When asked by Jewish Insider whether she would move the embassy back to Tel Aviv, she replied, “No, I wouldn’t.”

“I think it would have been better if that was done as part of a negotiation for a two-state solution,” added Klobuchar. “I think it’s unfortunate it was done the way it was done, but I wouldn’t reverse it.”

Ivanka Trump at the official opening ceremony of the U.S. Embassy in Jerusalem, May 14, 2018. Credit: Yonatan Sindel/Flash90

Klobuchar joined Pete Buttigieg, the mayor of South Bend, Ind., who said last month that he too, if elected, wouldn’t undo President Trump’s embassy decision.

“What’s done is done,” he told Axios in an interview aired by HBO.

“I don’t know that we’d gain much by moving it to Tel Aviv,” he said, adding that he felt that Trump made the wrong move in relocating it.

“Here’s the problem with what he did,” said the 37-year-old candidate. “[I]f you’re going to make a concession like that, if you’re going to give somebody something that they’ve wanted for a long time in the context of a push-pull, even with a strong ally like Israel, right? We have a push-pull relationship. And you don’t do that without getting some kind of concession. Instead, we’ve seen the Israeli government continue to act in ways that are detrimental to peace. And I believe, therefore, also detrimental to U.S. interests.”

Klobuchar declined to answer when asked by Jewish Insider if she would undo Trump’s decision to officially recognize the Golan Heights as part of Israel.

“I think it should be part of the negotiations,” she said, adding that “I think again while that isn’t about two-state solution, it’s better to have global discussion with America having a leading role.”

In his interview with Axios, Buttigieg echoed Klobuchar’s sentiment.

“Look, the Israeli claims in the Golan are not something to be ignored,” he said. “They have a lot to do with legitimate security interests, but when we did that, we were doing something that could have been part of a negotiated package, and instead we just gave it away.”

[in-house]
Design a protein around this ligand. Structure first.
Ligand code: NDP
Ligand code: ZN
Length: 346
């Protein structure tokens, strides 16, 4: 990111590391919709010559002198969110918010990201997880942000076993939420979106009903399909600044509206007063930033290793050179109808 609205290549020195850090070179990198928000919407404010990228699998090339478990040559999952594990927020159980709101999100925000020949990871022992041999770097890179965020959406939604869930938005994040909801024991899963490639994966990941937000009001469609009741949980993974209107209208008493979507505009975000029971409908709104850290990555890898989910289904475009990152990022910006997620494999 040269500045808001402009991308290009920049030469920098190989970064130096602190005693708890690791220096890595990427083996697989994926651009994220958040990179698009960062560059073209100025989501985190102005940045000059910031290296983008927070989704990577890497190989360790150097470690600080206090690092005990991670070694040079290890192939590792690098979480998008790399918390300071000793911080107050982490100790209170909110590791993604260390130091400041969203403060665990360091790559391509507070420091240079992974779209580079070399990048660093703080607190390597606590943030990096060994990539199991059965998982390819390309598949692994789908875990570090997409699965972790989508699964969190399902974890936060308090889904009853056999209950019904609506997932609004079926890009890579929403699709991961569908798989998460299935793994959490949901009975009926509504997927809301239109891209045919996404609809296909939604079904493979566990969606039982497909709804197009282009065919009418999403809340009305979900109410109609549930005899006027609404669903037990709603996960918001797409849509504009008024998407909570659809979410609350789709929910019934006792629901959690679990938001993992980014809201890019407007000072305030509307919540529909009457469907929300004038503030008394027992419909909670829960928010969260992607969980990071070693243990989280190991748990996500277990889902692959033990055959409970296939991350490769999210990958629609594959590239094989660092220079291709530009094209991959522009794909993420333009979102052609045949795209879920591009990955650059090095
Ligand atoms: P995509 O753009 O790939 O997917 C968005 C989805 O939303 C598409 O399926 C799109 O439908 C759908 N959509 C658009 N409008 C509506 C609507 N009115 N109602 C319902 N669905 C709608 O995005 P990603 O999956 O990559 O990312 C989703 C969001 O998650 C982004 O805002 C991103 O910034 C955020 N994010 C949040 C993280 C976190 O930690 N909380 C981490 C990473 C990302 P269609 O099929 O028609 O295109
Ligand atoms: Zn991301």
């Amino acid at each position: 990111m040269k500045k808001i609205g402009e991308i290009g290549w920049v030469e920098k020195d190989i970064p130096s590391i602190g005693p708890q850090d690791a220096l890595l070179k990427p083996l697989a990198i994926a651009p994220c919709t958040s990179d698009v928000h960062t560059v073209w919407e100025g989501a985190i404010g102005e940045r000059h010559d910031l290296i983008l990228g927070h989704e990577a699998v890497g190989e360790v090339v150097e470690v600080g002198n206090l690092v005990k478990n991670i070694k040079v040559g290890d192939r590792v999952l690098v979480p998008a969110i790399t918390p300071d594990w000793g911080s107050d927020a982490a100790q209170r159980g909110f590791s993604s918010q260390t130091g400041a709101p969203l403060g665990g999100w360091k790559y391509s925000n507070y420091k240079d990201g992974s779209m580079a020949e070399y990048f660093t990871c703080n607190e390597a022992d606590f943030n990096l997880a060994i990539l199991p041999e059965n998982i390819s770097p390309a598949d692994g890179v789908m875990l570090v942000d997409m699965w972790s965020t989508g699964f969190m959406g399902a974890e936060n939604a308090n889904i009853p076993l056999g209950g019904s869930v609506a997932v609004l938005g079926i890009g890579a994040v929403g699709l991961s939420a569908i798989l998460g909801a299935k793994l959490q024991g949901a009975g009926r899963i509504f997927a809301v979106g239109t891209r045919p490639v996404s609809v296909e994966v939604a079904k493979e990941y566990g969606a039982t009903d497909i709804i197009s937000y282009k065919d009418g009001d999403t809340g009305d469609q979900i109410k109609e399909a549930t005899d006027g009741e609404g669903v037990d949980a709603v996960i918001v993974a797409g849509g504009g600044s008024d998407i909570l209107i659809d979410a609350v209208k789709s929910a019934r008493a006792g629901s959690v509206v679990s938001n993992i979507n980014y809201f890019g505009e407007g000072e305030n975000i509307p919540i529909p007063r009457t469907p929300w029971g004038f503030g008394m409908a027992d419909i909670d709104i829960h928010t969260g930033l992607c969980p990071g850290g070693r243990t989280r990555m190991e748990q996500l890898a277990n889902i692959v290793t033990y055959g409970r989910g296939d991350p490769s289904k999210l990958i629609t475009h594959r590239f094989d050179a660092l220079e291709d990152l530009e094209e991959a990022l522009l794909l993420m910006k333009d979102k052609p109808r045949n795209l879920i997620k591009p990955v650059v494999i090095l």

“Worse, we gave it away probably for the specific purpose of having an impact in Israeli domestic politics, which should be the last reason that we would be conducting U.S. foreign policy,” he continued. “It should be designed around American values, American interests and American international relationships.”

 

Tom Steyer launches presidential bid noting Jewish father’s career as Nuremberg prosecutor

By Ron Kampeas

Tom Steyer speaking in Washington, D.C., May 22, 2019. Credit: Michael Brochstein/SOPA Images/LightRocket via Getty Images

(JTA) – Tom Steyer, the billionaire liberal who has excoriated Republicans for what he has said are antisemitic attacks on his advocacy, is running for president.

Steyer, who has led calls for Donald Trump’s impeachment, announced Tuesday, July 9 that he would be the 25th candidate running for the Democratic presidential nomination. (A 26th, Rep. Eric Swalwell, D-Calif., dropped out this week.)

In a four-minute video posted on social media, the hedge fund billionaire emphasized what he said was a tendency in both parties to heed corporations and not voters.

“What people believe is that the system has left them,” he said, and lauded the dedication to service of previous generations, citing his Jewish father’s service in the U.S. Navy in World War II and then afterward as a prosecutor at the Nuremberg trials.

“My father graduated from Yale law school, at 21 started being a lawyer and then he went into the Navy because of Pearl Harbor, and then at the end of the war they sent him over to be the assistant to the chief prosecutor at Nuremberg,” he said of Roy Henry Steyer. “I think my father looked at being in the service or being at Nuremberg as like you have your duty, you do it.”

Steyer, whose mother is an Episcopalian and who now attends an Episcopalian church, has identified as Jewish in the past; a rabbi helped officiate his wedding.

He has described Republican attacks on him and other liberal Jewish billionaires who back Democrats as antisemitic, singling out a tweet last year by Rep. Kevin McCarthy (R-Calif.), the minority leader. McCarthy tweeted, “We cannot allow [George] Soros, Steyer, and [Michael] Bloomberg to BUY this election! Get out and vote Republican November 6th.”

“In terms of interpreting what he said, that seems, to me, like a straight-up antisemitic move,” Steyer told CNN at the time. McCarthy later deleted the tweet.

Another senior Republican, Rep. Jim Jordan (R-Ohio), has spelled Steyer’s name with a dollar sign.